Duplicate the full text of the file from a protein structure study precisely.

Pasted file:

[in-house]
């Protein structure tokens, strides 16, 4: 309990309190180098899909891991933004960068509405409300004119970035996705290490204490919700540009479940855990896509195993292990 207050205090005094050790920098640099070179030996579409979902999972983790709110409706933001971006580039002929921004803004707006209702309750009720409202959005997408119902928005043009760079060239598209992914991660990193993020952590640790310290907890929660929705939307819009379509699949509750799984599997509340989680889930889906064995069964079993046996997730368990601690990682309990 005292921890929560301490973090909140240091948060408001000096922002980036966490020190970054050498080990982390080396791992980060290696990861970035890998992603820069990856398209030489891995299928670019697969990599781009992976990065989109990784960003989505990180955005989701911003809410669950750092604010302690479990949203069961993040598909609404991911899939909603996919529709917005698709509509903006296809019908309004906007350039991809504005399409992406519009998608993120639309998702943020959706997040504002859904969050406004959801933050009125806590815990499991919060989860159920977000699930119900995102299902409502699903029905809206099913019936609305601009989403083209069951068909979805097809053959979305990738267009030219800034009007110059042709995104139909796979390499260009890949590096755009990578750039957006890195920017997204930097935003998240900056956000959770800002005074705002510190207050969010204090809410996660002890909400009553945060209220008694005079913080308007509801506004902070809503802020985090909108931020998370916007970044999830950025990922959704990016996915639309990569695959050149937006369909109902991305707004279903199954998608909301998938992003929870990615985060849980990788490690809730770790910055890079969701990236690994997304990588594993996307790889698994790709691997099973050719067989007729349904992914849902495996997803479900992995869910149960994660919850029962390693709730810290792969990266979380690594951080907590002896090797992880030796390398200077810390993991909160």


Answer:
[in-house]
């Protein structure tokens, strides 16, 4: 309990309190180098899909891991933004960068509405409300004119970035996705290490204490919700540009479940855990896509195993292990 207050205090005094050790920098640099070179030996579409979902999972983790709110409706933001971006580039002929921004803004707006209702309750009720409202959005997408119902928005043009760079060239598209992914991660990193993020952590640790310290907890929660929705939307819009379509699949509750799984599997509340989680889930889906064995069964079993046996997730368990601690990682309990 005292921890929560301490973090909140240091948060408001000096922002980036966490020190970054050498080990982390080396791992980060290696990861970035890998992603820069990856398209030489891995299928670019697969990599781009992976990065989109990784960003989505990180955005989701911003809410669950750092604010302690479990949203069961993040598909609404991911899939909603996919529709917005698709509509903006296809019908309004906007350039991809504005399409992406519009998608993120639309998702943020959706997040504002859904969050406004959801933050009125806590815990499991919060989860159920977000699930119900995102299902409502699903029905809206099913019936609305601009989403083209069951068909979805097809053959979305990738267009030219800034009007110059042709995104139909796979390499260009890949590096755009990578750039957006890195920017997204930097935003998240900056956000959770800002005074705002510190207050969010204090809410996660002890909400009553945060209220008694005079913080308007509801506004902070809503802020985090909108931020998370916007970044999830950025990922959704990016996915639309990569695959050149937006369909109902991305707004279903199954998608909301998938992003929870990615985060849980990788490690809730770790910055890079969701990236690994997304990588594993996307790889698994790709691997099973050719067989007729349904992914849902495996997803479900992995869910149960994660919850029962390693709730810290792969990266979380690594951080907590002896090797992880030796390398200077810390993991909160």